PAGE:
Child psychologists know that excessive toys and trinkets produce overly anxious children. Simplify their lives, they say. No paralysis. It’s too bad that we grow and graduate from a curated number of trinkets to an abyss of possibilities. There are ways, of course, to mitigate or deflect the damage as we grow older: Steve Jobs wore a black mock turtleneck, blue jeans, and New Balance sneakers every day. I mindlessly frequent the same coffee shop to avoid deciding between the plethora of good pour overs on Haywood Road. Less benignly, some shut off decision completely by living entire lives running from the anxiety of choice, mindlessly following whatever shepherd is loudest while never questioning the customs, social conventions that are handed down.
But Kierkegaard thinks that’s the wrong instinct. We lose our humanity when we only throw pills at the anxiety or avoid it at all costs. One day you’ll be driving in your car when you come to the realization that you’ve been living a lie—that your existence is masquerading as a life—and you’ve never actually chosen to really live and die for anything.
It might be counterintuitive, but Kierkegaard says to embrace the anxiety; it’s the disease and the cure.
“One would have no anxiety if there were no possibility whatever,” writes Kierkegaard. But there is possibility, and it’s the possibility that makes us human—we have the ability to decide our lives and to become a self. He goes on to say, “If man were a beast or an angel, he would not be able to be in anxiety. Since he is both beast and angel, he can be in anxiety, and the greater the anxiety, the greater the man.” One must deliberately enter into it and look for the generative possibilities. We alone have the possibility to pursue a specific life, seek a particular adventure, choose among the endless avenues—take a leap of faith and become a true subject.
And until you make that choice, or act on a defining commitment, there’ll be paralysis or aimless wandering at best. At the worst, existential despair (conscious or unconscious) and a sickness in your spirit.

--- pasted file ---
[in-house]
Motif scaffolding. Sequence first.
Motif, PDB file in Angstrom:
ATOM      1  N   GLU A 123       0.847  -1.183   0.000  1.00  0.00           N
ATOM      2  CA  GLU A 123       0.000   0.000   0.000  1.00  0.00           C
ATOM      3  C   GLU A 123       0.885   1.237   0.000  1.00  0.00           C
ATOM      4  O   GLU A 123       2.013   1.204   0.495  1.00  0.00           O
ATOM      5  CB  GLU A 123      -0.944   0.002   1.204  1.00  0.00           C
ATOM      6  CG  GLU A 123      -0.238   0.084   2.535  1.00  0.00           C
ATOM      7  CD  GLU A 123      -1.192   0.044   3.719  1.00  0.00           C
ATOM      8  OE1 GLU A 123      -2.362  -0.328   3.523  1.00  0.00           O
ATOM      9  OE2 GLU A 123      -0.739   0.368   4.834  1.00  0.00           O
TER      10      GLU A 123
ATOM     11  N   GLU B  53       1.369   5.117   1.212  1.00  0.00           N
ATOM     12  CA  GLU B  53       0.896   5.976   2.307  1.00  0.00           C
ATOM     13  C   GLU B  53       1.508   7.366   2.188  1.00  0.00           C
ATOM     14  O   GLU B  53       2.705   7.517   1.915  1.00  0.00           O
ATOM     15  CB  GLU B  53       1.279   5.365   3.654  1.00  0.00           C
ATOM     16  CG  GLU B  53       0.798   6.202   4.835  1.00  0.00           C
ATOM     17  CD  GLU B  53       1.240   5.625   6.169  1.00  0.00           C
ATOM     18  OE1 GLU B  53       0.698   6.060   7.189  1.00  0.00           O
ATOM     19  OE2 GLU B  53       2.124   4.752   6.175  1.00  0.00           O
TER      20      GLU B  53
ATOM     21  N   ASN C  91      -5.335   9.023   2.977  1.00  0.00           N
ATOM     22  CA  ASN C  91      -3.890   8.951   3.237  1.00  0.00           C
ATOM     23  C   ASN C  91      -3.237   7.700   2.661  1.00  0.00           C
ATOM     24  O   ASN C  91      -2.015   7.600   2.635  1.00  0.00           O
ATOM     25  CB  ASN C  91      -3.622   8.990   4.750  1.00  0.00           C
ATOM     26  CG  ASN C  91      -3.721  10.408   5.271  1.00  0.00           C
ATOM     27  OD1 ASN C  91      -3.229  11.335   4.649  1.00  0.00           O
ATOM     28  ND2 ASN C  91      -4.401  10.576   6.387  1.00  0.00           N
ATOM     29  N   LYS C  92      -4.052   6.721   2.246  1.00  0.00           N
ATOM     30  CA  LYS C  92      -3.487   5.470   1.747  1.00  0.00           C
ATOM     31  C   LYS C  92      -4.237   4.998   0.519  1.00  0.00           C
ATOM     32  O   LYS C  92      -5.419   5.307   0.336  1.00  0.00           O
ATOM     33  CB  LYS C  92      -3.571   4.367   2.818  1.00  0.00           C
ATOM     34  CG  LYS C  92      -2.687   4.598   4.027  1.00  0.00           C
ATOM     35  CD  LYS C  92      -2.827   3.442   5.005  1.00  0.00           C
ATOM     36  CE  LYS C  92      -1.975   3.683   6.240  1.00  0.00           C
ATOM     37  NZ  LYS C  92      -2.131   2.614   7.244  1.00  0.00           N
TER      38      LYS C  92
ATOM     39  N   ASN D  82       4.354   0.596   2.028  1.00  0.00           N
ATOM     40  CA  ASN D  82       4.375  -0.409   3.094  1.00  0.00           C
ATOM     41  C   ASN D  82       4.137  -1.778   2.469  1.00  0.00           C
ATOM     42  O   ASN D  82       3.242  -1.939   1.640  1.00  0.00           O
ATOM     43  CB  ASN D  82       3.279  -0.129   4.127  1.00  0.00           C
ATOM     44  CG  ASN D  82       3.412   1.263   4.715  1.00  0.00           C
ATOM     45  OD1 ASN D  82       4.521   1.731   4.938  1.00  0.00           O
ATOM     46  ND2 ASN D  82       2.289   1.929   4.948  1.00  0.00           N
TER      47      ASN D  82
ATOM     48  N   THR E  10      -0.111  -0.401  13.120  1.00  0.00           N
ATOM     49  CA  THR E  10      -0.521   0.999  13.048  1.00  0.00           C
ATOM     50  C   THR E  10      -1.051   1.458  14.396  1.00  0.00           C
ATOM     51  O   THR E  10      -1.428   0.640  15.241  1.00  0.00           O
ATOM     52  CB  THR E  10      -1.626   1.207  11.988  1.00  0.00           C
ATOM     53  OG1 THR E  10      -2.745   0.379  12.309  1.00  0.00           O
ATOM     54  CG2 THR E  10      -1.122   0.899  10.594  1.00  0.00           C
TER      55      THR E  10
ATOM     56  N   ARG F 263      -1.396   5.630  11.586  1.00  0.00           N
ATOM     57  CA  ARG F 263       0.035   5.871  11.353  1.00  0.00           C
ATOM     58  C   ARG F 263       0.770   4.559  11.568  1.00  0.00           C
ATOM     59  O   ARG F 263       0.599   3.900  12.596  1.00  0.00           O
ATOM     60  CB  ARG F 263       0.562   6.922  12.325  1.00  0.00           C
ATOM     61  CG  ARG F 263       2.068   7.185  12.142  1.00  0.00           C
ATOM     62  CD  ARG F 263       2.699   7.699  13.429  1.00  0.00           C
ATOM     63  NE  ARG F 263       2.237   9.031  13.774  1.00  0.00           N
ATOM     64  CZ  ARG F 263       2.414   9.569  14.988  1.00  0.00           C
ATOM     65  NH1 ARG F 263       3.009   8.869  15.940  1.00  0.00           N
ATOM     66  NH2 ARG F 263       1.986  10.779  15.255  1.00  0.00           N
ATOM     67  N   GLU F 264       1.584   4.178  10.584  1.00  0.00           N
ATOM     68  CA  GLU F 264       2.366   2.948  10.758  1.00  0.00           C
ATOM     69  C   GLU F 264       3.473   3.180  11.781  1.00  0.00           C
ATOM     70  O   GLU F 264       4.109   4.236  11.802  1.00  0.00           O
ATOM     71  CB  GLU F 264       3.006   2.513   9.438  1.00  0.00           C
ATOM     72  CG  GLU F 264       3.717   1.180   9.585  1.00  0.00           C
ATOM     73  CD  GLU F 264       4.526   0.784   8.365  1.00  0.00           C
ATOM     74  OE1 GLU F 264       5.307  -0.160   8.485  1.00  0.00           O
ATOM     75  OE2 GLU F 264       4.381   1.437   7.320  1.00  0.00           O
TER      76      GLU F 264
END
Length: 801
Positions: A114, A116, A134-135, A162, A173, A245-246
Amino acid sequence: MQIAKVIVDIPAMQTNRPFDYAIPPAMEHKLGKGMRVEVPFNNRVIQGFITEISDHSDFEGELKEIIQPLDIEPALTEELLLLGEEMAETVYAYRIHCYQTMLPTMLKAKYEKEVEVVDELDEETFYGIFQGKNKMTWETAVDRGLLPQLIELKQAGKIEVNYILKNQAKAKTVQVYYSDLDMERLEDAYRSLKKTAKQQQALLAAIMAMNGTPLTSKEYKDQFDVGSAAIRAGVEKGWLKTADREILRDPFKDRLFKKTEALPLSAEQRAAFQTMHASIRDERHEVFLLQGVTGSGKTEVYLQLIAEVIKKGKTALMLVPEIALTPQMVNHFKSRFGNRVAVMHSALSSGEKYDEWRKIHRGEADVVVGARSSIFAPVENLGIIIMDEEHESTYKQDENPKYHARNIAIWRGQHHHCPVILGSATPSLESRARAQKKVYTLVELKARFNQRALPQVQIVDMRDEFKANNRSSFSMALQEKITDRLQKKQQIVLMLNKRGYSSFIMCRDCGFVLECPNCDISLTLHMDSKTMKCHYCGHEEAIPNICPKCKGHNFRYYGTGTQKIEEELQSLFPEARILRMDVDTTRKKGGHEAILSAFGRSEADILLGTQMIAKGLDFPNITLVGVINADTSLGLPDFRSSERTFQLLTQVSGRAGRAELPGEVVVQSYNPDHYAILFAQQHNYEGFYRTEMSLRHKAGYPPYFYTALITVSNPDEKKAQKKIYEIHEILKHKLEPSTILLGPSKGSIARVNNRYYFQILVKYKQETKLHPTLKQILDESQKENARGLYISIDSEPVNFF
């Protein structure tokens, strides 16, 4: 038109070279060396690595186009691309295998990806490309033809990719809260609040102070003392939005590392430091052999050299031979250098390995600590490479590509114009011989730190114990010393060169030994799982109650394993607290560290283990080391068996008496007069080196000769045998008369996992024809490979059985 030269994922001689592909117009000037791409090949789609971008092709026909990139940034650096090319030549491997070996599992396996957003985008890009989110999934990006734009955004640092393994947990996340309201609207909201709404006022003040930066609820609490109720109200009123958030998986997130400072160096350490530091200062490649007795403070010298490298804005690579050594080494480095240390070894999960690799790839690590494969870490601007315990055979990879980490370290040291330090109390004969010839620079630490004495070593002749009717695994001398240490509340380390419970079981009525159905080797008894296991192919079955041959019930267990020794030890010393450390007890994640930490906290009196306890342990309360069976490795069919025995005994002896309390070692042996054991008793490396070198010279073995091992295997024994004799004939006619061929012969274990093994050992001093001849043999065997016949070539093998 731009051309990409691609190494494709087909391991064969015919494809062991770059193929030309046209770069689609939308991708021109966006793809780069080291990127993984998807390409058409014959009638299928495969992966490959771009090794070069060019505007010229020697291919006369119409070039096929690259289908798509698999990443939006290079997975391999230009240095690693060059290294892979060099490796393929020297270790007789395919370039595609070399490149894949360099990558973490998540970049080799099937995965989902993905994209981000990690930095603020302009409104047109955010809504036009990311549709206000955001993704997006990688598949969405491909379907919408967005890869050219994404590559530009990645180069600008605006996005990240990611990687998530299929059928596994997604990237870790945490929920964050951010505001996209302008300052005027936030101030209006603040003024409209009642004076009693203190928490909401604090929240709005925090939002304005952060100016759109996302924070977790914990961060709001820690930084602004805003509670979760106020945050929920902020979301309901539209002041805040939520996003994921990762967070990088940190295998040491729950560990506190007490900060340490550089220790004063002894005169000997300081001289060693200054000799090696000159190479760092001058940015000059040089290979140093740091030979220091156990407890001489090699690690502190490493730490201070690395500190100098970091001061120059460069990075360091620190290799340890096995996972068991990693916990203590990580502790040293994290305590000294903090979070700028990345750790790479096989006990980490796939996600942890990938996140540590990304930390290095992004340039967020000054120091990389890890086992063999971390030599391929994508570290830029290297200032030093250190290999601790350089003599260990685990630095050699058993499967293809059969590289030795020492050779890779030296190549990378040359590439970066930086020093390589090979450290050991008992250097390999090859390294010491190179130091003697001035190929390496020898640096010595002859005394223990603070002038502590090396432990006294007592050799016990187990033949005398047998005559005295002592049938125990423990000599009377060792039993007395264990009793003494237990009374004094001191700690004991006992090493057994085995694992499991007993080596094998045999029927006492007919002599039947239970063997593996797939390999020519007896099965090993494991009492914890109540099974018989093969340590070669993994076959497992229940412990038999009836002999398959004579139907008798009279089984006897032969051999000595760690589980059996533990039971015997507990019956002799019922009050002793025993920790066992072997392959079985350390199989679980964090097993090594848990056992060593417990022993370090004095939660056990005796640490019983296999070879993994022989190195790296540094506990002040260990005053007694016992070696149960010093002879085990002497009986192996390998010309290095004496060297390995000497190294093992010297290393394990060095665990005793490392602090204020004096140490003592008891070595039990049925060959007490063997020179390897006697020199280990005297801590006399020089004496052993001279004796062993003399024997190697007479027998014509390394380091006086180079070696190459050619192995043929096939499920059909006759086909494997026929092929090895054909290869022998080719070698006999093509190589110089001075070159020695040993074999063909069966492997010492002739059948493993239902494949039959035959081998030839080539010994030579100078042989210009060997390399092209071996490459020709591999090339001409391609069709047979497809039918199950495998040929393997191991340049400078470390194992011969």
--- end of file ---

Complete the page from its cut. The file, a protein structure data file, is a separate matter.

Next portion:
And that’s a gift.
And maybe this is why anxiety is so central to Christianity: it’s about choosing the persons we want to become before the world chooses for us. It’s the catalyst for assuming a proper relation to the Eternal—or, at least the prerequisite to our recognition of our absolute need of it. We take the leap away sin and discord into the kinds of creatures that we were created to become. Then, in an instant, literally the ‘eye blink,’ there’s a moment when the eye opens and eternity intersects with temporality. “In the instant, [the individual] becomes aware of the rebirth, for his previous state was indeed one of ‘not to be.’” The haze of confusion burns away and there is subjective clarity. This moment of vision bestows a defining commitment, relativizing all others, endowing a true identity.
To live is to be anxious, but it’s your choice on how you harness it. Ignore it. Follow the herd. Or, find a defining commitment and enter the strain between who you are and who you might become.
For “whoever has learned to be anxious in the right way has learned the ultimate.”
Next time you find yourself standing at the edge of a cliff, don’t freeze or take a step back. Choose to take the leap into personhood. Do it every day. Or better, open your eyes to the moment of transfigured vision—assume a posture of being and an orientation of the mind that is shaped by Jesus Christ, God incarnate.
Near the end of one of our five day walks, I was reminded that we could drive the length of the trail in about an hour. Thanks, but my blisters had informed me that a few days prior.
My motto is typically "Why walk when you can drive?" Netflix binges. Another hot take on Twitter. Self-driving cars? Even better.